Last year, I wrote about the role of tires in the movies—and apologies to all you Smokey and the Bandit and Dukes of Hazzard fans out there for not mentioning those tire-punishing entertainments. But, even without them, I had plenty of examples to cite.
But some of you asked—what about rubber itself? And rubber science?
Here, unfortunately, the Hevea crop is sparser. Rubber plays an invaluable role in movie and TV special effects; my colleague Chris Sweeney demonstrated as much in his article about the silicone rubber masks devised for the Army of the Dead in Game of Thrones.
But rubber as the theme of a movie is rare. There was Malaya, a 1949 World War II-themed thriller in which Spencer Tracy and James Stewart tried to smuggle rubber out of the eponymous country during the Japanese occupation. Nine years earlier, there was William Wyler's The Letter, based on a story by W. Somerset Maugham, in which a rubber plantation served as backdrop for Bette Davis ridding herself of an inconvenient lover.
As for rubber science? So far as I know, it has shown up in only three films, one of them exactly two minutes long, and they were all made by people who didn't know a thermoplastic from a thermal blanket.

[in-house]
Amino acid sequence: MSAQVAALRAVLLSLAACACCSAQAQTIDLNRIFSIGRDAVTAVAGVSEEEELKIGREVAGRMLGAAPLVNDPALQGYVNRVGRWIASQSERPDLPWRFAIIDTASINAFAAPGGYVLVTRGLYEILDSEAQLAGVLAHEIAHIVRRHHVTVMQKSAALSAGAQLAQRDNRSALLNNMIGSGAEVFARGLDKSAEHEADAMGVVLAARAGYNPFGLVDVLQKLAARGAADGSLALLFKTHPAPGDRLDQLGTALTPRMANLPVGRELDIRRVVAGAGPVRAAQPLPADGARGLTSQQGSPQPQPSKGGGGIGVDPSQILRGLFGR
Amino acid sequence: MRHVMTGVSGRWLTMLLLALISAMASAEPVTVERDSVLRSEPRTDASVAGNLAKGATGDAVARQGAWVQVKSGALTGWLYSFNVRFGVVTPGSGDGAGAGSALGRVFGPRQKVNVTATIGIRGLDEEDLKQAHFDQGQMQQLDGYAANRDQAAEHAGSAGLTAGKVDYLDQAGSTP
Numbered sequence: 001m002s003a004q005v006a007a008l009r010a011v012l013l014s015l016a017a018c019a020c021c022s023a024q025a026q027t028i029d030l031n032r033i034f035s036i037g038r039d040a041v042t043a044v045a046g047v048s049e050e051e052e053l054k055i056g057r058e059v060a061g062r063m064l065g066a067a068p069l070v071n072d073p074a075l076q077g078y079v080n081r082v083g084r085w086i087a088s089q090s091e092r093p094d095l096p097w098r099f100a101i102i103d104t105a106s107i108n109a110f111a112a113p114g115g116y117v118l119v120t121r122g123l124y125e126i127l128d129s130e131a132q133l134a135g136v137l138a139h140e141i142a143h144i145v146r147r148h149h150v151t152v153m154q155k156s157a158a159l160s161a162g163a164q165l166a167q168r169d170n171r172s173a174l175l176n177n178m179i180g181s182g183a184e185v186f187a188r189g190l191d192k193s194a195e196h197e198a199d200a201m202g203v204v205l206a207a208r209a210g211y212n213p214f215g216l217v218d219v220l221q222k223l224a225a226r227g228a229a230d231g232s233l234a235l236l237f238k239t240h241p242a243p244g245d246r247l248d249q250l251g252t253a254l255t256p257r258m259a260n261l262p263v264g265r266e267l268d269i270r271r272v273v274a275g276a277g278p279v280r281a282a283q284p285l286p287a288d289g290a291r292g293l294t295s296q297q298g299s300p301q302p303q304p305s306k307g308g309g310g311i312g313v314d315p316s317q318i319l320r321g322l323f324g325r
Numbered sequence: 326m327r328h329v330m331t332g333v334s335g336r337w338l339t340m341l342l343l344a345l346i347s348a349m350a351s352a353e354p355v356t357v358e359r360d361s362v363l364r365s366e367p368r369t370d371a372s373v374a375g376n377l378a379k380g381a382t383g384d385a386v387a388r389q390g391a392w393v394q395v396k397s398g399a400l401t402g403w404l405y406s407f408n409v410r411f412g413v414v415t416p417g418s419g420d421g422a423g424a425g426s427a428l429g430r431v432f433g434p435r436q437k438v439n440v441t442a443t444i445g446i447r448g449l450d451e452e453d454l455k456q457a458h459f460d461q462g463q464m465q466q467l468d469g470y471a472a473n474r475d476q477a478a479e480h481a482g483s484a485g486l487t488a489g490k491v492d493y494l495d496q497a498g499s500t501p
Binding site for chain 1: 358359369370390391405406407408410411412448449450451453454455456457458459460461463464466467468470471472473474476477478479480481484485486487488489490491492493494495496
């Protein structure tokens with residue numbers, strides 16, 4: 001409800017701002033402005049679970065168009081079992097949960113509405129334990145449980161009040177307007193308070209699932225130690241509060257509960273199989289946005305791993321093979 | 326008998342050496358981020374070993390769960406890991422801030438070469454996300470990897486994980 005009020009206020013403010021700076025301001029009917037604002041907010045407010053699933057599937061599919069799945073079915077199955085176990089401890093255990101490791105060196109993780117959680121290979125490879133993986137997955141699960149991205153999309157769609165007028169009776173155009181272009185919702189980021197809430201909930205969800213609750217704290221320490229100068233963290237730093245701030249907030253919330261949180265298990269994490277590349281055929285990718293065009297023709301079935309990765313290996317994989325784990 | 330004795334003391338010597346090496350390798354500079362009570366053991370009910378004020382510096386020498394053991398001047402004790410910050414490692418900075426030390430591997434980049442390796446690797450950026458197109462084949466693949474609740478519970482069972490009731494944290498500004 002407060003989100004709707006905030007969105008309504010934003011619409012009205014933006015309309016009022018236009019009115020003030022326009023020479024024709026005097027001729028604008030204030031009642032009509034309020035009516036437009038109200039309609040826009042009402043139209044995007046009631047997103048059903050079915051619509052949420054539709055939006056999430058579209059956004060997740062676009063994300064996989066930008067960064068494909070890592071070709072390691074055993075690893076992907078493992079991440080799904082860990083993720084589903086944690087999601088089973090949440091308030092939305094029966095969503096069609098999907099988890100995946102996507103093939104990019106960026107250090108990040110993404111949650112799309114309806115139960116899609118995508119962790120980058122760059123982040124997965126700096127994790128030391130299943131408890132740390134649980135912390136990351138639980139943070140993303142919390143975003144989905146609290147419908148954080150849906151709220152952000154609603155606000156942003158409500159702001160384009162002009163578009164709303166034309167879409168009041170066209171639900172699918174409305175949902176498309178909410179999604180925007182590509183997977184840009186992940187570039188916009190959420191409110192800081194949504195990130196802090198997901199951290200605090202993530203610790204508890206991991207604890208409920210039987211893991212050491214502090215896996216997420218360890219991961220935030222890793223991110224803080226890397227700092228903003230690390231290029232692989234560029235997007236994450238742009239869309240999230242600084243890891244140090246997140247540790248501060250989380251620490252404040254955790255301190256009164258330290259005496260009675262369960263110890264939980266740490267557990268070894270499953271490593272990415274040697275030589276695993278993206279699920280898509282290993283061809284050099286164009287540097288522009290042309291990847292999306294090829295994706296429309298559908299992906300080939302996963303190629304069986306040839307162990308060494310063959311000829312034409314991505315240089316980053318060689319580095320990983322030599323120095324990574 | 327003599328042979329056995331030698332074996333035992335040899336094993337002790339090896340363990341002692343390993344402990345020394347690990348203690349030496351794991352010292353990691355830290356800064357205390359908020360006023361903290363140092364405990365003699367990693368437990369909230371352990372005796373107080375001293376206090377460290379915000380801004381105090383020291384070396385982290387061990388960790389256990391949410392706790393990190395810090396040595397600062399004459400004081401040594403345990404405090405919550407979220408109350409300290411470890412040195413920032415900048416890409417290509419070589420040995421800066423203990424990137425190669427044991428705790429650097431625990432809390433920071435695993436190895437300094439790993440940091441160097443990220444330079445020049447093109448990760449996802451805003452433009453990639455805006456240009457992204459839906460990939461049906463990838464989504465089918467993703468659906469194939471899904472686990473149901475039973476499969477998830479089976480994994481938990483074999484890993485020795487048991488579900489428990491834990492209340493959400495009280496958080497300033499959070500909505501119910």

Oddly enough, one of the first (though very short) fiction films ever made was L'Homme a' la Tete en Caoutchouc (The Man with the Rubber Head), directed in 1901 by Georges Melies.
Melies, a magician before he became a director, was the first special-effects master in cinematic history, and L'Homme a' la Tete en Caoutchouc is a prime example of his work.
The action is simple: a mad scientist pulls out a table, then a box, out of which he pulls a man's head. He sets the head on the table, pulls out a bellows, inflates the head to five or six times its usual size, then deflates it. The head looks around and chatters frenetically (if silently) throughout. The scientist brings in a visitor and invites him to inflate the head; the visitor does so, and the head explodes. The scientist kicks the visitor out the door and sobs inconsolably into his apron.Not exactly an Oscar winner.
Or a Goodyear Medal winner, either.